The arrival of Philadelphia on video begs for some reflection on how AIDS has been treated or not by Hollywood. The only big-budget feature to deal exclusively with the subject, Philadelphia has been followed in hype by the recent HBO movie And the Band Played On. Otherwise, the disease has been left to the independents to tackle.
But what after Oscars have been handed out to Tom Hanks and Bruce Springsteen, and the news of Hollywood's first movie about AIDS becomes old will viewers actually see in Philadelphia? Probably a brilliantly calculated entertainment. Pit a little guy, lawyer Andrew Beckett (Hanks), against the big law firm that sacked him because he's gay and dying of AIDS. Set the story in the same town as Rocky. Give Beckett a family so functional and loving, many will be slack-jawed in disbelief. Make him acceptably gay: straight in appearance and never shown in bed with his handsome and devoted lover (Antonio Banderas). And to make absolutely sure the story is meaningful, have his attorney be a homophobic black ambulance chaser (Denzel Washington) who can't even bear to shake Beckett's hand.
Make no mistake, though: As a piece of moviemaking Philadelphia often works wonderfully well. Love, tolerance, and understanding all triumph in the end; the most likable of Hollywood actors takes a big stretch and proves himself; there are songs by Springsteen and Neil Young, and they're good ones; and at the center, there's AIDS, as emotionally volatile a subject as now exists in contemporary life. Yet where is the reality?
Sorry, but AIDS is not PG-13 fare. Philadelphia's complete avoidance of sex reflects its pastel sensibility; it's as if the subject is not an issue. The film's "forgetfulness" further pushes the denial: Beckett's Kaposi's sarcoma lesions disappear for a while, but not because of any remission. After seeing the movie, a friend of mine with AIDS said he'd love to know Hanks' cosmetic secrets.
Despite efforts by director Jonathan Demme to be sensitive to gays and people with HIV, such as his casting of actors with AIDS, Philadelphia follows the rules of well-oiled Hollywood narrative; it steers clear of complexity and intensity. If any subject should inspire the gripping combination of pity and terror in the viewer, it is AIDS.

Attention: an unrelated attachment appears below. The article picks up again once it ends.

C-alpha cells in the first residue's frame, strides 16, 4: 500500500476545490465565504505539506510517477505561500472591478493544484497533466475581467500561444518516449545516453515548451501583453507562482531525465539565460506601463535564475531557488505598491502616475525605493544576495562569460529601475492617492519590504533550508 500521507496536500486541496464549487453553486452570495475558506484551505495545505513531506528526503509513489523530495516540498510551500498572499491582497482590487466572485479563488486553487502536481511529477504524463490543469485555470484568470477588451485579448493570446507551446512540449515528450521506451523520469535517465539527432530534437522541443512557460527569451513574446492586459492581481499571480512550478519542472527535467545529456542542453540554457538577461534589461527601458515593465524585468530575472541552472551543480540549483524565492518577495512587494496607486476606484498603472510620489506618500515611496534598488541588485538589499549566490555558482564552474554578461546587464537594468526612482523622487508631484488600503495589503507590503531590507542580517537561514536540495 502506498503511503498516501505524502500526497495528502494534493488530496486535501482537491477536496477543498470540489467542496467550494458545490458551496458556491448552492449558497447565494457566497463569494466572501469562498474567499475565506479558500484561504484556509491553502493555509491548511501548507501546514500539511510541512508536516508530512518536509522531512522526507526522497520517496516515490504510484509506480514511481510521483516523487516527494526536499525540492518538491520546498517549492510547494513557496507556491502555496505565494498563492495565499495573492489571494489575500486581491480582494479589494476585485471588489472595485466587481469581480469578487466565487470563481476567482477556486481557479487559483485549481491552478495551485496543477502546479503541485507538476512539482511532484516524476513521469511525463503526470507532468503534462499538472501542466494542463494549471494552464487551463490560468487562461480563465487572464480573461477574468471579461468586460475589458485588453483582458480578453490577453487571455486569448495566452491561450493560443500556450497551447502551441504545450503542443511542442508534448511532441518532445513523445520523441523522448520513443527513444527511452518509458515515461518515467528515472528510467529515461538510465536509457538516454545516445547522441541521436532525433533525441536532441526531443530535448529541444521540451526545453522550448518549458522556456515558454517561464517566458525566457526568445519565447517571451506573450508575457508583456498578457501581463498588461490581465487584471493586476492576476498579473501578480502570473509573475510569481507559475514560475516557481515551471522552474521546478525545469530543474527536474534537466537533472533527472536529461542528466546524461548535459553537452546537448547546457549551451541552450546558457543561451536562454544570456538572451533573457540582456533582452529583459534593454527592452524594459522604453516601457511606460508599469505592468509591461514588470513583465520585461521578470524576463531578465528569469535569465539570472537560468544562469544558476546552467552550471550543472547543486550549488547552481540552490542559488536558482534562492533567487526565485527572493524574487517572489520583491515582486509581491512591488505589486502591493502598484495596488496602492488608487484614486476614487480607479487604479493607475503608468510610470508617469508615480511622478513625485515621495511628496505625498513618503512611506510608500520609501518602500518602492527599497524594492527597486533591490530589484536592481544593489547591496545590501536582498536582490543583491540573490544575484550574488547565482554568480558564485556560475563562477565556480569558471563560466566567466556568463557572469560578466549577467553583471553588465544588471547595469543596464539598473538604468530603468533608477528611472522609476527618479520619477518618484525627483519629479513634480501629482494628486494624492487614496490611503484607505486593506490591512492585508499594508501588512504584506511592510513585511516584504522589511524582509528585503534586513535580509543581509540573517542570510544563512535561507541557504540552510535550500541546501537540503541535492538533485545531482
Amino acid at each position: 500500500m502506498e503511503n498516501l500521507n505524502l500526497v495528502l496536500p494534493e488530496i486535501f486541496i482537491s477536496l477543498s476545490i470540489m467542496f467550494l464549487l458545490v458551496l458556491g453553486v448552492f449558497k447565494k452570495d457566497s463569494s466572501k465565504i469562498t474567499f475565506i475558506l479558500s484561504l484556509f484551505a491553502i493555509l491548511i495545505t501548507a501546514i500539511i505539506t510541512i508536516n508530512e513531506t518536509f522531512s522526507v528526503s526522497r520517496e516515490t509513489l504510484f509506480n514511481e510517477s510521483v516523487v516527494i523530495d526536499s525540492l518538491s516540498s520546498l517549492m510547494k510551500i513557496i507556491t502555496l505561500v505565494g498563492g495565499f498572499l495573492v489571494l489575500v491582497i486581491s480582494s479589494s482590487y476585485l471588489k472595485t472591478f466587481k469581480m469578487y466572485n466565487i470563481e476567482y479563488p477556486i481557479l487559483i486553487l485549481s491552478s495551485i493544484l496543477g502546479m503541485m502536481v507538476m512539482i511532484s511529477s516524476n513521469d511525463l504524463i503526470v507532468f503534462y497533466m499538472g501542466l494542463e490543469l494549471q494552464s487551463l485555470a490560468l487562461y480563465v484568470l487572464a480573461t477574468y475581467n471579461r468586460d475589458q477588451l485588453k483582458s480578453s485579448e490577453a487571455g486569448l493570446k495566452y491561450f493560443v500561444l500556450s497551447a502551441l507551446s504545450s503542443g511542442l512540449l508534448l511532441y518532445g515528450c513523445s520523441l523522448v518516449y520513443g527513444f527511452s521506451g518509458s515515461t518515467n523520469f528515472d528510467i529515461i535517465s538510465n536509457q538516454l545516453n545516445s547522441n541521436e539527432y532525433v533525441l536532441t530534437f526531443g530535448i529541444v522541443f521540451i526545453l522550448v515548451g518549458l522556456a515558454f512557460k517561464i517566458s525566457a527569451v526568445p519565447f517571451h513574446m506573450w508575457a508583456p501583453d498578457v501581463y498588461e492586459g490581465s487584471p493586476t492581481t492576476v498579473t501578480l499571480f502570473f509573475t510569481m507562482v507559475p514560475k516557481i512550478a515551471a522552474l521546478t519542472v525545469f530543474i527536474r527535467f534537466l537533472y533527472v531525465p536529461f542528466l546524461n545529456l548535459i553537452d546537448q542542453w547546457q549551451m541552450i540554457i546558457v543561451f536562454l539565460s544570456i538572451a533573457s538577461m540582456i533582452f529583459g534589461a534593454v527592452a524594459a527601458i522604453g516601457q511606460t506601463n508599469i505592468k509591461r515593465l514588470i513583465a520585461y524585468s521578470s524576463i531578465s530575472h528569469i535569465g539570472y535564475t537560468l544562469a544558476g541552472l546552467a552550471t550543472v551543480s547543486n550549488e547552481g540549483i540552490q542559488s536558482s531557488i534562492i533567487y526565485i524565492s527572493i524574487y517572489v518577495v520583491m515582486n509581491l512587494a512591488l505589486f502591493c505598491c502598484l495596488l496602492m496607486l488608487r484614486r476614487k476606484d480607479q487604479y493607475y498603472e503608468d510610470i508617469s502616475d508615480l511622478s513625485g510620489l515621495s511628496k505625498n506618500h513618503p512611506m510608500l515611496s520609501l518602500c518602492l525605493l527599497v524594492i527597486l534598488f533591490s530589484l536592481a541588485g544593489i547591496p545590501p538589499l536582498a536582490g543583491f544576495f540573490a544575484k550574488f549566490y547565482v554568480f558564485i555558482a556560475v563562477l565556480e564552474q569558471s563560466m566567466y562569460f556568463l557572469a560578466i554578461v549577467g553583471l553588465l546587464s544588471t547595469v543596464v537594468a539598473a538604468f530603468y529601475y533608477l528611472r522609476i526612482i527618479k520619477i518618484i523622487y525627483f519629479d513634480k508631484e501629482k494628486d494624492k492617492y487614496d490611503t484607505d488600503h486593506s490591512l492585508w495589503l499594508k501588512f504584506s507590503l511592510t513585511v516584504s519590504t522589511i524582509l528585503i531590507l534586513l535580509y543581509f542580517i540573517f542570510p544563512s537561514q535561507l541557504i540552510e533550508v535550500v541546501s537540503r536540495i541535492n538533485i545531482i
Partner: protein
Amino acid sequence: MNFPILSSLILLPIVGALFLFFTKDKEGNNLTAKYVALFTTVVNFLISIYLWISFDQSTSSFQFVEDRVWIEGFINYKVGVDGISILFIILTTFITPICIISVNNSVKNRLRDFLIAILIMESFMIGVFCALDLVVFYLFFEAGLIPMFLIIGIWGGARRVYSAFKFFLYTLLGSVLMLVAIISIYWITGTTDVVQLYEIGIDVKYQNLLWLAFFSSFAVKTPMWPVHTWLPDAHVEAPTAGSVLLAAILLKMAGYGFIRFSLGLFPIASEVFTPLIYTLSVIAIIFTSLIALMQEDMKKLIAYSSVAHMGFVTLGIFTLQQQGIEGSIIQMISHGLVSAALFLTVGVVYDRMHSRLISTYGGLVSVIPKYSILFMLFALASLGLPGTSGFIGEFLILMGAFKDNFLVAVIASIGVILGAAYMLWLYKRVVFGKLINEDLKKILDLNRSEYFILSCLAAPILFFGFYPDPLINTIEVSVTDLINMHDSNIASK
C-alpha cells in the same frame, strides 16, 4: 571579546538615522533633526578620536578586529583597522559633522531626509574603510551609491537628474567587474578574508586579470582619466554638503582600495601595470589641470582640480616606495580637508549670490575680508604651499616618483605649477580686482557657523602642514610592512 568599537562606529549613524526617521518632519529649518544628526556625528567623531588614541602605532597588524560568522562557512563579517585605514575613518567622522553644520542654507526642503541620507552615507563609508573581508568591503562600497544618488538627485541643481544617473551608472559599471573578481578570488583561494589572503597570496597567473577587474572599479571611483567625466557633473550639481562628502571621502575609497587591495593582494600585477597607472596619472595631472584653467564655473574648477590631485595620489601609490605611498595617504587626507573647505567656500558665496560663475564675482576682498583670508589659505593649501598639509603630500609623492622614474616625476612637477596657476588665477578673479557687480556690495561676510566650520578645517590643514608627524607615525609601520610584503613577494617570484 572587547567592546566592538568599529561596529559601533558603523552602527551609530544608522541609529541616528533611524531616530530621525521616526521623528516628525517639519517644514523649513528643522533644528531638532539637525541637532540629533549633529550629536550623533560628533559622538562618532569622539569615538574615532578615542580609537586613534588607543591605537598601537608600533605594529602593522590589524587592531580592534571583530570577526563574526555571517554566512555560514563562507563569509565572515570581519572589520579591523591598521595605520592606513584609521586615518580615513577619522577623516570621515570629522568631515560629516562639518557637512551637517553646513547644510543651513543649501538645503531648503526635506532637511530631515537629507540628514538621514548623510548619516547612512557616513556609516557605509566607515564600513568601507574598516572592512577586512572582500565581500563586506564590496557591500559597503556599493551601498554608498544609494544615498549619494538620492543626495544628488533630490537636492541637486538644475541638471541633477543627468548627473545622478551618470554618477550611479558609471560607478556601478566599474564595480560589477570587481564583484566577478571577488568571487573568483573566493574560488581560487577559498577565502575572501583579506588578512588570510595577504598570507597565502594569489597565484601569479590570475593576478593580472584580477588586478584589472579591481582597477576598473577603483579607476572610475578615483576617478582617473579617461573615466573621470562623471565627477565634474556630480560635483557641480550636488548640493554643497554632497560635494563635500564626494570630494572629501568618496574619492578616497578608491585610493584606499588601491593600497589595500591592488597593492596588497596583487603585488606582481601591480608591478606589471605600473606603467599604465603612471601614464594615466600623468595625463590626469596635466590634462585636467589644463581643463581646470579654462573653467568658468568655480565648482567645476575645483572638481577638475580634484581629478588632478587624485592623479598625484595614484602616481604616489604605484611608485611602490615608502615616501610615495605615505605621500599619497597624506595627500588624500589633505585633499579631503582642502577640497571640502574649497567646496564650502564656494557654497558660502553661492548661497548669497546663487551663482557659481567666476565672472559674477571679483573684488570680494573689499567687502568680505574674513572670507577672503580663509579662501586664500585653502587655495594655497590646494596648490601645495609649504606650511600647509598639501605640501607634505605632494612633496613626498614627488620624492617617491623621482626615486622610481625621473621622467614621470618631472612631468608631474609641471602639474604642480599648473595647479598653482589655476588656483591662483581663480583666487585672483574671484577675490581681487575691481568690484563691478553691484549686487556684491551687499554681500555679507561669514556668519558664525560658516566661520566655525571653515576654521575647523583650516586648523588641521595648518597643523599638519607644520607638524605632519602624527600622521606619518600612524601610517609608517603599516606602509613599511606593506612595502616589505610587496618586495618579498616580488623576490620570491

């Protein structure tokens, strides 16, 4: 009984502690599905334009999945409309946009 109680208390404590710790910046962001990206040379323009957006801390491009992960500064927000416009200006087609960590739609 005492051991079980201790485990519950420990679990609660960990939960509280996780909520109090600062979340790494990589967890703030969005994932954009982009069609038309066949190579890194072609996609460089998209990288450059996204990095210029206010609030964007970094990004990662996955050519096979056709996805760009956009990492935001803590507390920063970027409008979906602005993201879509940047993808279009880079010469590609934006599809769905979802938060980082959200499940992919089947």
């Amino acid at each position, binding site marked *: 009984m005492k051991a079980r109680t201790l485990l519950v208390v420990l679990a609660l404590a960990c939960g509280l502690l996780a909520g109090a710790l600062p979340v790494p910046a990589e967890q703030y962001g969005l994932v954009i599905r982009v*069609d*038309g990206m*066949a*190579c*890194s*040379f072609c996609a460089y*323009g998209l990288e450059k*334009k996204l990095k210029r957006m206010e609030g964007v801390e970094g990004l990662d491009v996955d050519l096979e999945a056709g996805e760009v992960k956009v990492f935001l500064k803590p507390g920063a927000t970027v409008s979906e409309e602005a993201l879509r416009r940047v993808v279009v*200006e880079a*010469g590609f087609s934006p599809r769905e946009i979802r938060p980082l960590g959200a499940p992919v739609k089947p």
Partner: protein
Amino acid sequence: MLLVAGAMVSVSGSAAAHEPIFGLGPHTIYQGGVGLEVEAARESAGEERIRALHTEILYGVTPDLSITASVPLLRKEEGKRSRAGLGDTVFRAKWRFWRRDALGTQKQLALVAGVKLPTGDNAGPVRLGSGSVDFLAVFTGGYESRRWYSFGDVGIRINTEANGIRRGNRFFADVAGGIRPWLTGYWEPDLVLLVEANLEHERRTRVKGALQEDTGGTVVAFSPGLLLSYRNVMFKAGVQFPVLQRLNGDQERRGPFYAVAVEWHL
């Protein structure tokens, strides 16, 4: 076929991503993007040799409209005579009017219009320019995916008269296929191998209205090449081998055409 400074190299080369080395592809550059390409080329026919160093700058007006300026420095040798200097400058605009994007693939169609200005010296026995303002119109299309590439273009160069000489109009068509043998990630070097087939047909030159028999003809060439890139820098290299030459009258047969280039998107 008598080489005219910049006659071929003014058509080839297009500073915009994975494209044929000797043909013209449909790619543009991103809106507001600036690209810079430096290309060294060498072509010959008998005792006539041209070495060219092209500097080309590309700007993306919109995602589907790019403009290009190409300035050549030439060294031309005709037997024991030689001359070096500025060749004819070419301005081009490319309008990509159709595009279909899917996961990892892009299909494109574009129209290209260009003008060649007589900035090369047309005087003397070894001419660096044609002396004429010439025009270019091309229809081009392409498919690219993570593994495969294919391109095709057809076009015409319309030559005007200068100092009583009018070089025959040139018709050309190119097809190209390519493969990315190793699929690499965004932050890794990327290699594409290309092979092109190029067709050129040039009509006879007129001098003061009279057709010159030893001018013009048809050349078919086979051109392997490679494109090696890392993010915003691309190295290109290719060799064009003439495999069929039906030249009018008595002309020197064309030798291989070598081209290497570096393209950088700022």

But at least Philadelphia moves. The made-for-cable And the Band Played On (based on Randy Shilts' history of the epidemic's early days) is so busy being politically correct, it turns into a monumental bore And the Band Played On and On..... It has Ian McKellen and Lily Tomlin as activists giving speeches about how human gay people really are, as well as a distracting spot-the-star supporting cast (Steve Martin, Anjelica Huston, Phil Collins, Richard Gere) doing their red-ribbon turns. Worse still, the film reeks of the comfortable anonymity of television: The disease always seems more interesting than the person carrying it.
And the Band Played On is choppy and sometimes confusing. What's missing, amazingly, is any sense of the varied social and private phobias AIDS has caused. And scenes such as a San Francisco Halloween parade suggest that the filmmakers never even met a homosexual.
For viewers wanting more compelling and truer stories, there are the independent features Longtime Companion, which chronicles with both candor and compassion the effects of the disease on a group of friends through the 1980s, and the late Bill Sherwood's Parting Glances, a poignant and ebullient testament to the friendship between two young gay men, one of whom has AIDS.
Granted, both Philadelphia and And the Band Played On are essentially in the business of pleasing people, not provoking them. But each wears its heart on its sleeve. One is Brooks Brothers, the other is Armani, tailored to mass consumption. The great Hollywood AIDS movie may be, by its very definition, a sad misnomer. Philadelphia: B-